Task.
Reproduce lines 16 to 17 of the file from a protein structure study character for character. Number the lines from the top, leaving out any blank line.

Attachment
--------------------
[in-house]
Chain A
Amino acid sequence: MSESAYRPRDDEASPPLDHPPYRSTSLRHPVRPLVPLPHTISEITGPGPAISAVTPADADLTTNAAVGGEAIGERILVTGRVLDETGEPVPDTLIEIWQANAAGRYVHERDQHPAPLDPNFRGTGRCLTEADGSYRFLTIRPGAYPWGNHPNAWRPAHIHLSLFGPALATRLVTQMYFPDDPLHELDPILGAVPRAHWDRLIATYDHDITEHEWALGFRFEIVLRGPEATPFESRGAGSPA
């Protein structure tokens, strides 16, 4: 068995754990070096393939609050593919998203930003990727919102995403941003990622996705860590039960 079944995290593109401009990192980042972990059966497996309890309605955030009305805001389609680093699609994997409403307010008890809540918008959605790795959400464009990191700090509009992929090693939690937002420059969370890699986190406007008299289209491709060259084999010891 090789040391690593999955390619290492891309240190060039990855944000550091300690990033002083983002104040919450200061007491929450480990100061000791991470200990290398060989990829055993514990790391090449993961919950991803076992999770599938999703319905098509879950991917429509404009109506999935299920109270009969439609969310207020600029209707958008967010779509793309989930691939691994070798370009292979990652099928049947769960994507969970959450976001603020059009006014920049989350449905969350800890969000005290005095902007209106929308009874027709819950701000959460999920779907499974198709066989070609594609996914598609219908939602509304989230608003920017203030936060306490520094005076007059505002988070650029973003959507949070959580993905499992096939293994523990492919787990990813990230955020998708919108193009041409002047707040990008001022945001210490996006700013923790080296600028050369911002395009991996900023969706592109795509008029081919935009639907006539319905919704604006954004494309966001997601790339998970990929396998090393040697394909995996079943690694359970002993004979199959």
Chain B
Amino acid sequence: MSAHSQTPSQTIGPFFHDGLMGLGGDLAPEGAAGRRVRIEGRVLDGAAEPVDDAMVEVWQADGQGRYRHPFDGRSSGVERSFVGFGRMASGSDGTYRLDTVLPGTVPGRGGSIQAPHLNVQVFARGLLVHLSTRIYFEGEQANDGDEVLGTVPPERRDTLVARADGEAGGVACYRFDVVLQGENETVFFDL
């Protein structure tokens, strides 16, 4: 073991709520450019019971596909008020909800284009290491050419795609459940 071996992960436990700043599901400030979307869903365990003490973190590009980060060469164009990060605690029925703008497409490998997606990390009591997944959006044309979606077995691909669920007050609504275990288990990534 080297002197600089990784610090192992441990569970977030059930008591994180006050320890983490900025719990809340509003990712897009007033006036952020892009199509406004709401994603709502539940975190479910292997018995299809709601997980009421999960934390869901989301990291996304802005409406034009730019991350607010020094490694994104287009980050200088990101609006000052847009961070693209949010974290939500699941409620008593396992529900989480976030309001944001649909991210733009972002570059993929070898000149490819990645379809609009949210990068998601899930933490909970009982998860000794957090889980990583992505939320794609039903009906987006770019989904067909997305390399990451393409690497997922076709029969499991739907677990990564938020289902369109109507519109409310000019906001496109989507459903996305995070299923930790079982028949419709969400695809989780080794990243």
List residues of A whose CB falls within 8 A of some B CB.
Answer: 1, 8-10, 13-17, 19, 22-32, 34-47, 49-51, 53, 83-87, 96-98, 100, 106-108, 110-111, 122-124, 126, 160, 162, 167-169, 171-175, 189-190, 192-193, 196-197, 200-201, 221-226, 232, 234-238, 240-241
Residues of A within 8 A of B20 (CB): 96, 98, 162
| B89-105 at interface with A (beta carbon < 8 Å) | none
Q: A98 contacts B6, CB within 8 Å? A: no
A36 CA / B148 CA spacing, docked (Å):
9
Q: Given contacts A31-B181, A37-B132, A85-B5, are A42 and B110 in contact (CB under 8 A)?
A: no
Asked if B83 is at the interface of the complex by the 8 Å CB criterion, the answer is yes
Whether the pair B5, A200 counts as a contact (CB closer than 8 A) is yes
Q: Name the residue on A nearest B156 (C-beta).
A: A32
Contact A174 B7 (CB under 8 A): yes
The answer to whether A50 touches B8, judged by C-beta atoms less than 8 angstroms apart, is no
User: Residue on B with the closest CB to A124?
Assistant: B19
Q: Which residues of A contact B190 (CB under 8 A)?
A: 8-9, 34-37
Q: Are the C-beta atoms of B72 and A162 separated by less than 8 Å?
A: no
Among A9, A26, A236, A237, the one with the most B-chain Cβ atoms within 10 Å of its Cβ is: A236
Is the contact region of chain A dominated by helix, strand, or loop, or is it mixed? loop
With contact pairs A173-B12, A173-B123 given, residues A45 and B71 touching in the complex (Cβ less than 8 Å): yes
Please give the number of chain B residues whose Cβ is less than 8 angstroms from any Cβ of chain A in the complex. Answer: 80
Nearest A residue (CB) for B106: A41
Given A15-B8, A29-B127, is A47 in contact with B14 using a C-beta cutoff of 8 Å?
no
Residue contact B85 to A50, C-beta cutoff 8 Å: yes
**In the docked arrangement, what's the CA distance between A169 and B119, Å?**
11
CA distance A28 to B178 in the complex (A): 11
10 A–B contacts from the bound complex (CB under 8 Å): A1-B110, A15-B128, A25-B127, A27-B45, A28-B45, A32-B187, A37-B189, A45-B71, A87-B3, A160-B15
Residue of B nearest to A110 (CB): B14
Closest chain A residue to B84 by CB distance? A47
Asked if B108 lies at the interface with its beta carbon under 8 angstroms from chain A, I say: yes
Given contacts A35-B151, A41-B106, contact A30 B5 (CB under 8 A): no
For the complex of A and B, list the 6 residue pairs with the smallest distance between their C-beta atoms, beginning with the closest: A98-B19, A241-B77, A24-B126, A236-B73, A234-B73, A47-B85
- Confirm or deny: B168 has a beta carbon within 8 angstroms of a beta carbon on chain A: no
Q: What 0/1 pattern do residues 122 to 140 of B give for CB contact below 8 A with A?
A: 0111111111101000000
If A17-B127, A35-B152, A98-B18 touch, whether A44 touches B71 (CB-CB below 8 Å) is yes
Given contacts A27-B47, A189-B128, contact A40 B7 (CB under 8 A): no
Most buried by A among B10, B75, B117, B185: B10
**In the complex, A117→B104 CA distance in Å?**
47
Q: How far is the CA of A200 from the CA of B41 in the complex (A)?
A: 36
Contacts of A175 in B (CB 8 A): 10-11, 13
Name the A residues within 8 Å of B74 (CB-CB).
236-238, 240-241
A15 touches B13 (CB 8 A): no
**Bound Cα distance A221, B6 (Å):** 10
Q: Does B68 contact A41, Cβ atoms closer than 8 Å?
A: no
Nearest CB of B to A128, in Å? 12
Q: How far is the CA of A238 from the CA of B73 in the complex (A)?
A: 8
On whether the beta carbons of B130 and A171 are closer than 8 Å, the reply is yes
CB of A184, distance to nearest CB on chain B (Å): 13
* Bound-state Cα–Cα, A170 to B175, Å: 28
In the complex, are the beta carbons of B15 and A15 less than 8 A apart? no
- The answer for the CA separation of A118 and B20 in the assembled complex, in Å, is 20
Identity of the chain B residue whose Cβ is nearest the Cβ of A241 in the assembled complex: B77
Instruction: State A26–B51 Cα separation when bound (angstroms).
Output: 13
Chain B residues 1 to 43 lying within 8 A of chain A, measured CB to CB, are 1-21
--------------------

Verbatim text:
A: no
Asked if B83 is at the interface of the complex by the 8 Å CB criterion, the answer is yes